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Costello’s second Masterpiece of 1986...!,
This review is from: Blood & Chocolate (Audio CD)
Written, recorded and performed only a few months after the critically acclaimed trek into the realms of country with King of America, Costello would prove his diversity even more so with this stripped down, back to basics assault on the senses that still resonates with a sense of shear psychosis to this very day. Costello felt that a certain familiarity would be needed to pull off such a cathartic endeavour, even going so far as to re-enlist Armed Forces producer Nick Lowe, as well as bringing back the Attractions for one last vomit of pure, vitriolic aggression. Here we find Elvis and the band creating music darker than what we’d ever heard before, with clanging guitars swamped in distortion, violent organ passages and their allusions to death, aggressive drumming and of course, bitter lyrics coupled with a snide, sarcastic delivery that create the perfect backing atmosphere to these tales of loss and woe.
The mood is established right away, with the snarling, semi-title track Uncomplicated, which takes on the middle ground left between the Pistols and PIL, as well as acting as a precursor to the grunge movement and primarily the Pixies. Costello’s voice is exceedingly high in the mix, with the deft musicianship of the disintegrating band acting as an atmospheric bed that carries us from one wild mood swing to the next. Track two is a classic Costello moment, acting as the obvious evolution of Alison, to Shabby Doll and later taking it’s form as Baby Plays Around and Still. The music is very much Elvis of This Years Model, with the punk/new wave influences worn proudly on his sleeve, as the murderous intent of the lyrics are masked by the joyously catchy instrumentation of the band. Tokyo Storm Warning takes us on a trip into the surreal - with lyrics that lament everyone from gormless celebrities to the KKK - coming across as a dangerously astute stream-of-conscious rant that is part Bob Dylan, part Dennis Leary... whilst the musical arrangement was an obvious influence on Radiohead, circa the Bends.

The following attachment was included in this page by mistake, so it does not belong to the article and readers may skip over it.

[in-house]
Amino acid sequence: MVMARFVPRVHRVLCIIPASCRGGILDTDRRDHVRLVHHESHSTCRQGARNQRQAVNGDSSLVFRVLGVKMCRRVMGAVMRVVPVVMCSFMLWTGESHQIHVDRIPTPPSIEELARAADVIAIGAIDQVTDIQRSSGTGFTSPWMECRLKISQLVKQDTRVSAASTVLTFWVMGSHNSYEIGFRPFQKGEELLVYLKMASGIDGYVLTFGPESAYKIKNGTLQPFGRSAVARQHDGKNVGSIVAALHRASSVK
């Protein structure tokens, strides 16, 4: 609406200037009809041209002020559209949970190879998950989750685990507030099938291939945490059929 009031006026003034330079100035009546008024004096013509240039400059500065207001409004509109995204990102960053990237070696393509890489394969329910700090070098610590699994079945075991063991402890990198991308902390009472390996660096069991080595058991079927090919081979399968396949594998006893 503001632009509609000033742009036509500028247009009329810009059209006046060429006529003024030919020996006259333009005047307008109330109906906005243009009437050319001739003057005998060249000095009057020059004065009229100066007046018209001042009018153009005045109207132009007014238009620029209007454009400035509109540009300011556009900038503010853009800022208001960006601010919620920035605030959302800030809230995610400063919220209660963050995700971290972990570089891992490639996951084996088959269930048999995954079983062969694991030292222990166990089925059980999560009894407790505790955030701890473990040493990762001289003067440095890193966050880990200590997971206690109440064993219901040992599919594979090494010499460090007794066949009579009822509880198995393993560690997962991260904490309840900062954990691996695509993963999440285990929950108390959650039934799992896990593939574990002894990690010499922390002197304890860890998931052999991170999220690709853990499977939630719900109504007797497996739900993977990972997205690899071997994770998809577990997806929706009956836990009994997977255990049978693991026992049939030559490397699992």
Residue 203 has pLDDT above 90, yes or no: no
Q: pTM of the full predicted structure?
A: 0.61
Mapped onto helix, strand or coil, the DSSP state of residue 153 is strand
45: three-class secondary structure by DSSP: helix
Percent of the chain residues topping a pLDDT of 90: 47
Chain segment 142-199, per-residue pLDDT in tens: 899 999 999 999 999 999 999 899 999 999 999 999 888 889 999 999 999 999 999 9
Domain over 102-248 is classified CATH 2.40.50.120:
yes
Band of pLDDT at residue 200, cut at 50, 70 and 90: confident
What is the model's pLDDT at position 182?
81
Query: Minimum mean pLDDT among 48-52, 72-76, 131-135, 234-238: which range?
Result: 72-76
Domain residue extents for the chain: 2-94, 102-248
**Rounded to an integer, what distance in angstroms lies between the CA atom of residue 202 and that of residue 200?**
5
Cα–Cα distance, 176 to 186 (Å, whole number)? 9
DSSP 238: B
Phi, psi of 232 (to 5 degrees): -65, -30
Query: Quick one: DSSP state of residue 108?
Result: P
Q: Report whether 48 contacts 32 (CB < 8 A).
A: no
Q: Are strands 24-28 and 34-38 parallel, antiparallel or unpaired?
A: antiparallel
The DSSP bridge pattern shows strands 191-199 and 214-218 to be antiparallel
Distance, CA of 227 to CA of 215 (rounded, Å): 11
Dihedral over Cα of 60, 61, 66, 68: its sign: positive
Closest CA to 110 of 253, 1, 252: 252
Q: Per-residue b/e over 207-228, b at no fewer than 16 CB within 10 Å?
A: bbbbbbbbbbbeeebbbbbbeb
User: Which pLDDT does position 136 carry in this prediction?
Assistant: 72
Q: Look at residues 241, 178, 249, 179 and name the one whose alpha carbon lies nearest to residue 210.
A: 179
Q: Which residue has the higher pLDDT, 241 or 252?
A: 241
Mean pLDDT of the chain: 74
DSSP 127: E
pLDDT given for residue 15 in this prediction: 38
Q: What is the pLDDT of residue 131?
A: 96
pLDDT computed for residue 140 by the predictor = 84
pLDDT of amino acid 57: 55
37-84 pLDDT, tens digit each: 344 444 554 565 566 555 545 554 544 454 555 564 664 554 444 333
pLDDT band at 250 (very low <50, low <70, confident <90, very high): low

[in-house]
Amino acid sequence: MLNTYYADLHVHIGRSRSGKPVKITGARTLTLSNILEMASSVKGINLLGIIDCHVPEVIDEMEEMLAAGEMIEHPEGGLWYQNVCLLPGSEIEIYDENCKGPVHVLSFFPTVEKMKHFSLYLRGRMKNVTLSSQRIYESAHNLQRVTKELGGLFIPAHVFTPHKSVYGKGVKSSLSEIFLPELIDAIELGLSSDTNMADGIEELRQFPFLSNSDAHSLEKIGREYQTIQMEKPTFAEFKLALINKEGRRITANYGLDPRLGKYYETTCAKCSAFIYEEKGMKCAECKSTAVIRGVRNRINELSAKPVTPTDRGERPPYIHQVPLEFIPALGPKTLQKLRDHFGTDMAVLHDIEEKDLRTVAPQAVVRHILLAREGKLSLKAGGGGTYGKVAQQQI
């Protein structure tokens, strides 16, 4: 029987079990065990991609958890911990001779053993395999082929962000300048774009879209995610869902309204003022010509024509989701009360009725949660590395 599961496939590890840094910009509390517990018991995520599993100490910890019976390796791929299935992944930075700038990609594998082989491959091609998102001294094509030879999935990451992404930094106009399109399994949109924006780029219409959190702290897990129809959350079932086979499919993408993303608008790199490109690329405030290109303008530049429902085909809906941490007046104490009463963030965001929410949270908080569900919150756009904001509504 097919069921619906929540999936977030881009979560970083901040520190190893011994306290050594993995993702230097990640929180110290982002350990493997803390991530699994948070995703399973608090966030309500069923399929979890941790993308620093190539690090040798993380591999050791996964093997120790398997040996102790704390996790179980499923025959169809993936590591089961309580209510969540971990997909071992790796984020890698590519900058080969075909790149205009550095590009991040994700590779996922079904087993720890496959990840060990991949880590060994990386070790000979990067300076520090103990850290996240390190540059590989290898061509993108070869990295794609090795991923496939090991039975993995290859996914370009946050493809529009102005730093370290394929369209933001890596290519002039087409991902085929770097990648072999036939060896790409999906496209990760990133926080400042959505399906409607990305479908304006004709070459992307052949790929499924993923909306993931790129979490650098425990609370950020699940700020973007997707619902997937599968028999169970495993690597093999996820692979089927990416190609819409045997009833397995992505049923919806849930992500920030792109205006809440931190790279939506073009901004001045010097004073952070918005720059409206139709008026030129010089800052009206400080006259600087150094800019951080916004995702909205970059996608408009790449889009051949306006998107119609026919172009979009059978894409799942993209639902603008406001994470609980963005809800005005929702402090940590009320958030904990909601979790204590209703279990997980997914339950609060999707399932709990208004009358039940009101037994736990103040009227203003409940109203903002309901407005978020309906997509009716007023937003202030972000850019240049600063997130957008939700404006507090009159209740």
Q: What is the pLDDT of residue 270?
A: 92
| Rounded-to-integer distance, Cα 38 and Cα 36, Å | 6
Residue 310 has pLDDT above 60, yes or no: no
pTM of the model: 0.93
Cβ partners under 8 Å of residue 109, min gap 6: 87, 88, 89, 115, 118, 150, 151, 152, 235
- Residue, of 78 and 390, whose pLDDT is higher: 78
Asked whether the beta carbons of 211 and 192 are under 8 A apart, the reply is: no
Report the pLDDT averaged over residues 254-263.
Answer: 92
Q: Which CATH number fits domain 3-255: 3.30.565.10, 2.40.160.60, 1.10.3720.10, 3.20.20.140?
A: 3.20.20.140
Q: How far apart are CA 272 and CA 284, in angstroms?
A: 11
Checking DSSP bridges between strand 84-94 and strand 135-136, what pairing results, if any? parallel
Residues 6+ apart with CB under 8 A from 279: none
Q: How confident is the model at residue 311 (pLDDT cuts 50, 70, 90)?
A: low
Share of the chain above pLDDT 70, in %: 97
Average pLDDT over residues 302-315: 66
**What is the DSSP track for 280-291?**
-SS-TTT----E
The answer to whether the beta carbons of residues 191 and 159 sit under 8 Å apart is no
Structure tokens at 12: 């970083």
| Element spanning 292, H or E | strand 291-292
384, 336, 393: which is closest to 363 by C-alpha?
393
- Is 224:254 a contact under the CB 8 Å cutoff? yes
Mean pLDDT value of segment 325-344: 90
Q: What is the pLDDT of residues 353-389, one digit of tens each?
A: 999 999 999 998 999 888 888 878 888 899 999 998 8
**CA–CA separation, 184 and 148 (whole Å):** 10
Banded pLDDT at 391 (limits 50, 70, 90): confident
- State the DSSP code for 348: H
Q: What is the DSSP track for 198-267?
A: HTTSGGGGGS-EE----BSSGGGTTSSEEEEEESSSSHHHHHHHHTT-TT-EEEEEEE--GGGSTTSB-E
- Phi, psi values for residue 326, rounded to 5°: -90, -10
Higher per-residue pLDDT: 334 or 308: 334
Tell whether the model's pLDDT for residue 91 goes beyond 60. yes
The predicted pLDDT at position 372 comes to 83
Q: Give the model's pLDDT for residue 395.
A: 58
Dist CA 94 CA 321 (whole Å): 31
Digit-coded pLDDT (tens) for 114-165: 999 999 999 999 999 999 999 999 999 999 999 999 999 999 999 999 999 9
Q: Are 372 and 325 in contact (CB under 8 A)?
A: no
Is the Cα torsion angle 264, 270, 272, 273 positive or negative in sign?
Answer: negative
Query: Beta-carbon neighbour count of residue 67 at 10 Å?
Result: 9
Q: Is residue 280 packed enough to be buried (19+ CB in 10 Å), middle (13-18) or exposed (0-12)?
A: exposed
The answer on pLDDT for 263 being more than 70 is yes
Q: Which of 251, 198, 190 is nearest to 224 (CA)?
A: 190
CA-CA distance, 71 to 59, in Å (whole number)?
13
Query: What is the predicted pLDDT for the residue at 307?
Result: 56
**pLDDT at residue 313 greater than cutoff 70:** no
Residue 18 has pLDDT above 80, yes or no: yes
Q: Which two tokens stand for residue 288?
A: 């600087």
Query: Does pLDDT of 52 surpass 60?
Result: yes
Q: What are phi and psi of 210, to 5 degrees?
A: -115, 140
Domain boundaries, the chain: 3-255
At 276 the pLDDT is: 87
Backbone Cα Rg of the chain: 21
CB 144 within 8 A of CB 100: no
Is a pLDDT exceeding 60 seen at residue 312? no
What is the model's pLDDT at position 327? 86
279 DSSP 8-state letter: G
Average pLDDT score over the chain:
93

The spirit of anger, bitterness and defeat is stamped all over other such standouts like Home is Anywhere you Hang Your Head and the more bluesy Honey are you Straight, or are you Blind...? which clearly demonstrate Elvis’s lyrical and musical diversity. The main concerns of the band come to a crescendo with the album’s true centrepiece, I Want You... an epic journey into the realms of perversity and sexual obsession that was so good, British filmmaker Michael Winterbottom based a film around it. Here Costello assumes the role of the jilted lover, forced to stalk the object of his affections before belittling her with snide remarks and perverse insinuations, which culminates with the title of the song being repeated over and over again like some degrading mantra. The lyrics are the most honest and heartbreaking that Elvis has ever written, as he layers them over Nick Lowe’s plaintive acoustic melody, Bruce Tomas’s jazz-tinged percussion and Steve Nieve’s funeral-like organ riff. Meanwhile, lost within the cacophony of emotional collapse we find perhaps the most twisted guitar solo ever... as our man Elvis jams away on a two-note, tremolo-drenched assault designed to match the viciousness of the lyrics.
Other songs such as Battered Old Bird (an evocative reminisce on his Liverpool childhood with experimental production techniques) and the Crimes of Paris (a nice, folk-influenced confessional) are less obviously tortured and emotional in their musical creation, though no less affecting and cohesive when placed alongside the previous compositions. The final four songs wind things down perfectly, as the mood of heartbreak and yearning is replaced by a prevailing sense of hope. Blood & Chocolate is one of those all time defining records that I always go back to whenever I’m feeling pushed beyond my emotional limit. It is more than simply an integral part of Costello’s oeuvre... it’s also one of the key records of the decade.
This wonderful re-issue (like all the Edsel/Rhino re-releases) is an essential purchase for fans that haven’t already got the Demon release from 1993. Disk two features a slew of demos, out takes and classic covers; whilst Elvis once again contributes some wonderfully witty linear notes that chronicle the record’s conception. It can at times be a somewhat self-pitying affair, but the always imaginative lyrics and dense guitar work of Costello coupled with the detailed arrangements of the band easily cements it’s reputation as one of the forgotten classics of the 80’s. This is essential.